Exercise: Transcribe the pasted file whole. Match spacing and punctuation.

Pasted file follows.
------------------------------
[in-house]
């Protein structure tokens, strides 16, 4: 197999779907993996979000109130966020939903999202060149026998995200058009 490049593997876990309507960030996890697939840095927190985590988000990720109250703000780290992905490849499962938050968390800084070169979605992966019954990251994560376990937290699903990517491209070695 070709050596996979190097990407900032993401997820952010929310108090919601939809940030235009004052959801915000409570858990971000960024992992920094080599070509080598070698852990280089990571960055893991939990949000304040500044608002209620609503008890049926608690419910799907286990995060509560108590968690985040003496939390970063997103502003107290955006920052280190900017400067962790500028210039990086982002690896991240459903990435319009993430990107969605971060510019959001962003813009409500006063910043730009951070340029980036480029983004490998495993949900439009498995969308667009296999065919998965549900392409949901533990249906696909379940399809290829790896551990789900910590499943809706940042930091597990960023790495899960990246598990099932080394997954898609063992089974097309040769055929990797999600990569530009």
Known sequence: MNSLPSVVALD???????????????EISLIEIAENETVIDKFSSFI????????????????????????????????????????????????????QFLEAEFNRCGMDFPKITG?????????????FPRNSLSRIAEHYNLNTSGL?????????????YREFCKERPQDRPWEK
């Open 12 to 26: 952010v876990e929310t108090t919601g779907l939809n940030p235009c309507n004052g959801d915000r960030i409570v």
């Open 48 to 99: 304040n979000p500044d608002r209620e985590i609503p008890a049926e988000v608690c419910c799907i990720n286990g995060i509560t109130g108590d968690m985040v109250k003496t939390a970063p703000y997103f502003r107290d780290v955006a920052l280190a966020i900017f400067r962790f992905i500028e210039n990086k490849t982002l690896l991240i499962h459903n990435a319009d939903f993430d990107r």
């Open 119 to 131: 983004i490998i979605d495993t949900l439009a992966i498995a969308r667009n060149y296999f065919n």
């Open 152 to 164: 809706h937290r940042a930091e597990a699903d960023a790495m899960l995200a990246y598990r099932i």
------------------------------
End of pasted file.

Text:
[in-house]
């Protein structure tokens, strides 16, 4: 197999779907993996979000109130966020939903999202060149026998995200058009 490049593997876990309507960030996890697939840095927190985590988000990720109250703000780290992905490849499962938050968390800084070169979605992966019954990251994560376990937290699903990517491209070695 070709050596996979190097990407900032993401997820952010929310108090919601939809940030235009004052959801915000409570858990971000960024992992920094080599070509080598070698852990280089990571960055893991939990949000304040500044608002209620609503008890049926608690419910799907286990995060509560108590968690985040003496939390970063997103502003107290955006920052280190900017400067962790500028210039990086982002690896991240459903990435319009993430990107969605971060510019959001962003813009409500006063910043730009951070340029980036480029983004490998495993949900439009498995969308667009296999065919998965549900392409949901533990249906696909379940399809290829790896551990789900910590499943809706940042930091597990960023790495899960990246598990099932080394997954898609063992089974097309040769055929990797999600990569530009």
Known sequence: MNSLPSVVALD???????????????EISLIEIAENETVIDKFSSFI????????????????????????????????????????????????????QFLEAEFNRCGMDFPKITG?????????????FPRNSLSRIAEHYNLNTSGL?????????????YREFCKERPQDRPWEK
């Open 12 to 26: 952010v876990e929310t108090t919601g779907l939809n940030p235009c309507n004052g959801d915000r960030i409570v």
């Open 48 to 99: 304040n979000p500044d608002r209620e985590i609503p008890a049926e988000v608690c419910c799907i990720n286990g995060i509560t109130g108590d968690m985040v109250k003496t939390a970063p703000y997103f502003r107290d780290v955006a920052l280190a966020i900017f400067r962790f992905i500028e210039n990086k490849t982002l690896l991240i499962h459903n990435a319009d939903f993430d990107r």
């Open 119 to 131: 983004i490998i979605d495993t949900l439009a992966i498995a969308r667009n060149y296999f065919n």
């Open 152 to 164: 809706h937290r940042a930091e597990a699903d960023a790495m899960l995200a990246y598990r099932i």